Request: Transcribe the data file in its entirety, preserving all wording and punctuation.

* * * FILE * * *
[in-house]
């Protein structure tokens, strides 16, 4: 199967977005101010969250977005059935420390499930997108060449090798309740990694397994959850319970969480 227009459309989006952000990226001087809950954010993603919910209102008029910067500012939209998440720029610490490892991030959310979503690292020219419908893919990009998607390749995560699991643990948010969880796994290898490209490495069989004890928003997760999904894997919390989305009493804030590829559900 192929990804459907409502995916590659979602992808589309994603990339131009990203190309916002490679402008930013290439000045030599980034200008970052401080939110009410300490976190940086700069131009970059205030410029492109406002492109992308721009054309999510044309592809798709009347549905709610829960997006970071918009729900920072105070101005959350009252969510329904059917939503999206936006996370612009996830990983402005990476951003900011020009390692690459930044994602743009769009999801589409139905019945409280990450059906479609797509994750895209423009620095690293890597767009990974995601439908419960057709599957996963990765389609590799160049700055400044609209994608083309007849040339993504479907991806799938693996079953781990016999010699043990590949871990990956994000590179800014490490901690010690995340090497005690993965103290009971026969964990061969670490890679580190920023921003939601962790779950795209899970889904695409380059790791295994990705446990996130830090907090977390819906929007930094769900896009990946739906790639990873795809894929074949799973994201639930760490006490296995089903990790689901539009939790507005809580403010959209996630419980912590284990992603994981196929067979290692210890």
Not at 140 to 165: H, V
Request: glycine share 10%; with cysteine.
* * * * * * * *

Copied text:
[in-house]
């Protein structure tokens, strides 16, 4: 199967977005101010969250977005059935420390499930997108060449090798309740990694397994959850319970969480 227009459309989006952000990226001087809950954010993603919910209102008029910067500012939209998440720029610490490892991030959310979503690292020219419908893919990009998607390749995560699991643990948010969880796994290898490209490495069989004890928003997760999904894997919390989305009493804030590829559900 192929990804459907409502995916590659979602992808589309994603990339131009990203190309916002490679402008930013290439000045030599980034200008970052401080939110009410300490976190940086700069131009970059205030410029492109406002492109992308721009054309999510044309592809798709009347549905709610829960997006970071918009729900920072105070101005959350009252969510329904059917939503999206936006996370612009996830990983402005990476951003900011020009390692690459930044994602743009769009999801589409139905019945409280990450059906479609797509994750895209423009620095690293890597767009990974995601439908419960057709599957996963990765389609590799160049700055400044609209994608083309007849040339993504479907991806799938693996079953781990016999010699043990590949871990990956994000590179800014490490901690010690995340090497005690993965103290009971026969964990061969670490890679580190920023921003939601962790779950795209899970889904695409380059790791295994990705446990996130830090907090977390819906929007930094769900896009990946739906790639990873795809894929074949799973994201639930760490006490296995089903990790689901539009939790507005809580403010959209996630419980912590284990992603994981196929067979290692210890």
Not at 140 to 165: H, V
Request: glycine share 10%; with cysteine.